Talent On Display at Sleepy Creek SpringDig
This weekend, we headed on down the road to Sleepy Creek Campground on the Potomac River for their annual Spring Dig music festival. Located just outside of Berkeley Springs, WV, this little campground hosted one heck of a show over the 3-day weekend. We were non-stop impressed by the onslaught of musical talent and the family-friendly vibe that resonated throughout the rain and sunshine all weekend long.
Spring Dig at Sleepy Creek was added to our “Festy GoNuts Spring Tour” after we saw it was a small, intimate festival on the Potomac River and less than a 3-hour drive from our current crash pad. The schedule included a few familiar names, but we were mostly looking forward to seeing The Larry Keel Experience (again). I personally cannot see Larry and Jenny Keel enough in my lifetime, and the entire Keel Experience (with Will Lee on banjo) is just that – an experience not to be missed.
We went for the “early-bird” tickets, since you could arrive on Thursday for just a mere $10 extra. (Hey – that’s cheaper than a hotel and cheaper than most shows!) National Headliner, a local favorite, kicked off the festival with their high-energy psychedelic bluegrass. Their funky jams were just what the festival needed to get people out of the rain-slump and onto the dance floor. Still Hand String Band closed out the evening with an impressive set that had us dancing through the puddles and got us primed for a weekend of funky festivities.
The rain stuck around for all of Friday, but it didn’t put a damper on the talent that played on stage throughout the day and evening. The sun finally graced us with its presence on Saturday, and with it came a much bigger crowd as the locals came out to get down in the mud. With less than a thousand attendees, Spring Dig was truly a special experience. While we were most excited to see Larry Keel, we left completely blown away by the immense amount of talent that played on stage all weekend long. This little festival may not have had big headliners, but don’t tell them that – some of them will be soon!
This rockabilly trio comes from Texas or maybe Tennessee or perhaps Pennsylvania. It’s hard to nail down exactly where they are from, and maybe their travels around the country are exactly what makes their musical style so unique. Urban Pioneers had a sound bigger than anticipated, and less innocent than expected. Their sound ranges from old-time country to hard-core punk, and they exude an equally impressive stage presence to boot. Be prepared to not be prepared for this fast-paced, bass-driven edgy trio.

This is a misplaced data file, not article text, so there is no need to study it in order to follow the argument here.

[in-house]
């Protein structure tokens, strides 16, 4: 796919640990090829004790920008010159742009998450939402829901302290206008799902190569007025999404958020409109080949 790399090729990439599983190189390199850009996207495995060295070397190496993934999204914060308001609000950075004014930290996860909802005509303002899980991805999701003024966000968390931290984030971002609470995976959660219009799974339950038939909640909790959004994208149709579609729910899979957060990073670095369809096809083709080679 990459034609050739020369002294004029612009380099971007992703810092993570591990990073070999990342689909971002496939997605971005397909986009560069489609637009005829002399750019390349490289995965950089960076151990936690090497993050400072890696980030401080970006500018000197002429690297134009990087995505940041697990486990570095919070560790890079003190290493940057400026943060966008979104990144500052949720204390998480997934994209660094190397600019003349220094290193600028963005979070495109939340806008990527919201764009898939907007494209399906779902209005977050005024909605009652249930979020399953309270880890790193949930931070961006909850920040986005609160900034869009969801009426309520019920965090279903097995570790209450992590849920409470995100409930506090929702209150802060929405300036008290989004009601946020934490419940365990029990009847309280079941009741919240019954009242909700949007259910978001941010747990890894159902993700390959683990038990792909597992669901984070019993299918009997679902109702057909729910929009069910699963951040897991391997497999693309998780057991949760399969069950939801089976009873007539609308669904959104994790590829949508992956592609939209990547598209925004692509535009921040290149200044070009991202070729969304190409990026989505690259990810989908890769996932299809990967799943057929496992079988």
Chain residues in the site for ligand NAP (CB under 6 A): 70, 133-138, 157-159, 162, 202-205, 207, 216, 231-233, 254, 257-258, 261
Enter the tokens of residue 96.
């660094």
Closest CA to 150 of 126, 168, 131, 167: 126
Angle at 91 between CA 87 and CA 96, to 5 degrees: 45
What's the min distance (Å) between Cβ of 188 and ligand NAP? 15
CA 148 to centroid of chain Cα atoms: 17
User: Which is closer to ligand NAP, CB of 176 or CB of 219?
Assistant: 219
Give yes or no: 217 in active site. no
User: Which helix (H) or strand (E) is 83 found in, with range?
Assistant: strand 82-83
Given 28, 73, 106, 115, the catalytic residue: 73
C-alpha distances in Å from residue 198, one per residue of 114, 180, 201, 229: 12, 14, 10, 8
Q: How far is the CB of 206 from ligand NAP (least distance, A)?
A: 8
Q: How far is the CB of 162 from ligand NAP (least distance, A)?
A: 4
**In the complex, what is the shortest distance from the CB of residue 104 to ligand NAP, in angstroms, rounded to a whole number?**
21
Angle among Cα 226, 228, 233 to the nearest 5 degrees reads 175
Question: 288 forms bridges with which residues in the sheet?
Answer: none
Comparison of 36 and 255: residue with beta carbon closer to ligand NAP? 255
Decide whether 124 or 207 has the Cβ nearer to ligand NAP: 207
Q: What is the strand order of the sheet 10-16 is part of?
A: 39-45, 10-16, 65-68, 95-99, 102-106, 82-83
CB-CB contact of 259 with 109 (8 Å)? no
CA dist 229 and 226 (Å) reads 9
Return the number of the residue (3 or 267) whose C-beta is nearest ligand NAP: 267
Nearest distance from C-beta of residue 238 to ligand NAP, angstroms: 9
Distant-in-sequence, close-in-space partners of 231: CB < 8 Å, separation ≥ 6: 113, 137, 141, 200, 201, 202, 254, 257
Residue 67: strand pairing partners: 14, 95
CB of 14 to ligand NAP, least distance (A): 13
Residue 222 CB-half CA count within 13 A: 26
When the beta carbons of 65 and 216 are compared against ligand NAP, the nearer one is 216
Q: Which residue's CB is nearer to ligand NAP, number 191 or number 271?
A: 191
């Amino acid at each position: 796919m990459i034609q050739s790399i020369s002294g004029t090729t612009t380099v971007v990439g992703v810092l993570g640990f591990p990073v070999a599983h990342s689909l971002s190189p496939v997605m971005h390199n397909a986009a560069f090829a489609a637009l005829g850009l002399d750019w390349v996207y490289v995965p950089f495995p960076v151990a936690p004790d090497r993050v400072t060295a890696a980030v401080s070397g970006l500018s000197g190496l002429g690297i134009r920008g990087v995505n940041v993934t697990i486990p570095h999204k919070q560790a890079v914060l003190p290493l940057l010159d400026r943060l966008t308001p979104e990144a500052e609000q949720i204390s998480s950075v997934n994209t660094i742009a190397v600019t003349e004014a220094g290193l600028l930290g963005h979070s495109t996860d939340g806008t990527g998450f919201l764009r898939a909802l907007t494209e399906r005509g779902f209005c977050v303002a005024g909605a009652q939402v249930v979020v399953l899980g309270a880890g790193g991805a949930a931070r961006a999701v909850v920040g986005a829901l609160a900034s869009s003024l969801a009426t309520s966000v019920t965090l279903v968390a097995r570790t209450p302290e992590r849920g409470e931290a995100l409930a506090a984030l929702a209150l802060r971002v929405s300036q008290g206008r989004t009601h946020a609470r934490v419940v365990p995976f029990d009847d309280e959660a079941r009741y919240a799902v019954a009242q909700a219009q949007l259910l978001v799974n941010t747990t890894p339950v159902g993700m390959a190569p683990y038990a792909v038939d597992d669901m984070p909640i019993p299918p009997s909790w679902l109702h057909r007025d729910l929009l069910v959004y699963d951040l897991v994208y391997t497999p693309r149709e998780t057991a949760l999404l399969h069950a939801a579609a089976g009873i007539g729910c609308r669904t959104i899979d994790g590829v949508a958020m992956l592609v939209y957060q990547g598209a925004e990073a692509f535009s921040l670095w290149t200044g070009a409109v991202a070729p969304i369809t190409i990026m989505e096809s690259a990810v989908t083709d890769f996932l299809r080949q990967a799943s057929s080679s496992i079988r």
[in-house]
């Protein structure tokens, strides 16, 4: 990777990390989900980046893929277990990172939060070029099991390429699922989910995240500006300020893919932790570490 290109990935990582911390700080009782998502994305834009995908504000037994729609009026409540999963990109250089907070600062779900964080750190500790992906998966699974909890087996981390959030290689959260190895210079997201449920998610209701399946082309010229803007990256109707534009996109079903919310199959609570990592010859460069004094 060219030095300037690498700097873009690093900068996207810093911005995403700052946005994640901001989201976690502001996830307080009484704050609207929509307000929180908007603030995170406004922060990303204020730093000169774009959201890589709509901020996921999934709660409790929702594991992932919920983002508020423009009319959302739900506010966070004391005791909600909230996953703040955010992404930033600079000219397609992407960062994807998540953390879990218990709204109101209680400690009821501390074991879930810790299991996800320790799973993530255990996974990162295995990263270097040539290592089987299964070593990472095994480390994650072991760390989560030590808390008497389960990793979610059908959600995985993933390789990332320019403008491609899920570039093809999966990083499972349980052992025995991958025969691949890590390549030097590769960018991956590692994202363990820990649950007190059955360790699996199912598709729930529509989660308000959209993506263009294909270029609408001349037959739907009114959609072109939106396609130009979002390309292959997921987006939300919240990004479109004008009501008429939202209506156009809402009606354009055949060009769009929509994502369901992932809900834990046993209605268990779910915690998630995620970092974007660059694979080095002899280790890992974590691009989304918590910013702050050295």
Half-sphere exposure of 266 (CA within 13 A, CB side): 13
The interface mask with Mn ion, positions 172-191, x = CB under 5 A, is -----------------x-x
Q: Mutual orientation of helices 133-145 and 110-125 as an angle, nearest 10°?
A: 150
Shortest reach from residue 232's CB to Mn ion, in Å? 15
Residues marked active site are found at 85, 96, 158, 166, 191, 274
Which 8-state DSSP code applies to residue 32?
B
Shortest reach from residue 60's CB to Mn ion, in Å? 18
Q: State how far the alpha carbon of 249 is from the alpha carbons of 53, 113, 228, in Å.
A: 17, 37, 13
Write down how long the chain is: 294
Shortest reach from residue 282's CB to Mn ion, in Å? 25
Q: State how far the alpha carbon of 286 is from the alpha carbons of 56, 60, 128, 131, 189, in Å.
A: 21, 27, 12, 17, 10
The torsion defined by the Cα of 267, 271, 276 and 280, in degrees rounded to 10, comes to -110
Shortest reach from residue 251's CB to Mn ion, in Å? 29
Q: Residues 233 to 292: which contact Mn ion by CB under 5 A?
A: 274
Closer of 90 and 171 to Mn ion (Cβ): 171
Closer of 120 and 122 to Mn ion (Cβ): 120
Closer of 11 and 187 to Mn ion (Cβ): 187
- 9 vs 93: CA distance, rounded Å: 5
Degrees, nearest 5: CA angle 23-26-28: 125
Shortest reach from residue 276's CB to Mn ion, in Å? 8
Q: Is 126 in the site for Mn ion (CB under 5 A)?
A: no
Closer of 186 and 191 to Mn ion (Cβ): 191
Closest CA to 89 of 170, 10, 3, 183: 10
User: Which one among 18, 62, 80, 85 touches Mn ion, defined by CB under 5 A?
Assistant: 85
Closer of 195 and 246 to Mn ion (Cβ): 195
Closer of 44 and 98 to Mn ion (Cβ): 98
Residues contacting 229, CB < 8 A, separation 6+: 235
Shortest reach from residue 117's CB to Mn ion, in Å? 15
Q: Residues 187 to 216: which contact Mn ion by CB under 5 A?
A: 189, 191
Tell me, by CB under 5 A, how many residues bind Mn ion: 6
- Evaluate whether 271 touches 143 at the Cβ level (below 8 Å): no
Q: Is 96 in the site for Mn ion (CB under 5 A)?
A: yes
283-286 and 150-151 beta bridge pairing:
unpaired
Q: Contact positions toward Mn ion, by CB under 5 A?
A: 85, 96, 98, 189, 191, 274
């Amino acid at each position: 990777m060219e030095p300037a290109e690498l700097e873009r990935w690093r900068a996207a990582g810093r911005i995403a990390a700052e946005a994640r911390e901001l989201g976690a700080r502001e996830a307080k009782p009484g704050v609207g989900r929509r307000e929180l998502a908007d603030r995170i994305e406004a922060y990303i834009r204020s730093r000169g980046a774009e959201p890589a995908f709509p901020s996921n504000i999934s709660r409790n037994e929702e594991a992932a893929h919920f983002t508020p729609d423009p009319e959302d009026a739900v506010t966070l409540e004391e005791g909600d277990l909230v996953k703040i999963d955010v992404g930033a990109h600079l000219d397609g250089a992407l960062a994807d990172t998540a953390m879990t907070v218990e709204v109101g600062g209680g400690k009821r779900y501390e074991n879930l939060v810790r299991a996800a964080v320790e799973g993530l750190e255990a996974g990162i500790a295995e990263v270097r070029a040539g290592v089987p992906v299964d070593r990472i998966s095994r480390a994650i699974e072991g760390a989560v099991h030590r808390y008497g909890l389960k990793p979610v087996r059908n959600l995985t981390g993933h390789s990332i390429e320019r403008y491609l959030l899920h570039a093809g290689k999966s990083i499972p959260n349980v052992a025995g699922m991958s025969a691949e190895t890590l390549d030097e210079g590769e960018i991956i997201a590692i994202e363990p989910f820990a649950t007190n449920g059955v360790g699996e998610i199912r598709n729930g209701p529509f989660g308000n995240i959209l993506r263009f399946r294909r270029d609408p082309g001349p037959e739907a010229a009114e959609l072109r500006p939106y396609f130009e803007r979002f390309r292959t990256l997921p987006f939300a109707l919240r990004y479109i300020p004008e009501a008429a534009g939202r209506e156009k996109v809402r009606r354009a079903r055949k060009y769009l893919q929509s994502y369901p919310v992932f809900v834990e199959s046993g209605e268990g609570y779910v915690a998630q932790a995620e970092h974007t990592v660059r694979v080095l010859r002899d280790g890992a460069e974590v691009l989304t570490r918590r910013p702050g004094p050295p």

Every string-heavy festival needs some brass and beats, in our opinion! At the Spring Dig, it was supplied in excess by The Hornitz. Combining beat-box, horns, keys and a whole bunch of funk, this duo out of Boston kicked our muddy little dance party up a whole bunch of notches.
We’re pretty sure we even heard a cover of Dayman (from It’s Always Sunny in Philadelphia) and a little Biz Markie!
This 4-piece string band hails from NorthEastern Pennsylvania, where they may have been equally influenced by the grittiness of the industrial communities and the easy-going attitude from the mountain communities. Their driving jams are polished and practiced, and Still Hand String Band can easily take the audience on a bluegrass stomp or a psychedelic trip all in one fell swoop. They define their sound as SpazzGrass, which might be my new favorite style of bluegrass.
Whether this band was “Strung Like a Horse” from Tennessee, or “Strung Like a Horse From Tennessee” was a mystery. Maybe they know something we don’t know about those Tennessee horses, but that’s neither here nor there. What I do know is that this Gypsy Grass band brought a unique energy to the stage that was intoxicating and intense. Imagine your hillbilly Uncle at a Misfits concert – and loving it. http://www.strunglikeahorse.com/
These boys certainly aren’t new to the scene, but it was surprisingly the first time I caught Hackensaw Boys live. They’ve been touring around for almost two decades, and while their members have gone through some major changes, their current lineup definitely puts on a show worth stomping your boots. After all, their percussion is uniquely driven by an instrument called the “Charismo”, which is also the title to their latest album. So, when a guy on stage plays a variety of tin cans and metal plates with wire brushes, you tend to pay attention. They’ve successfully blended old-time country with a new-grass twist that keeps you wanting more.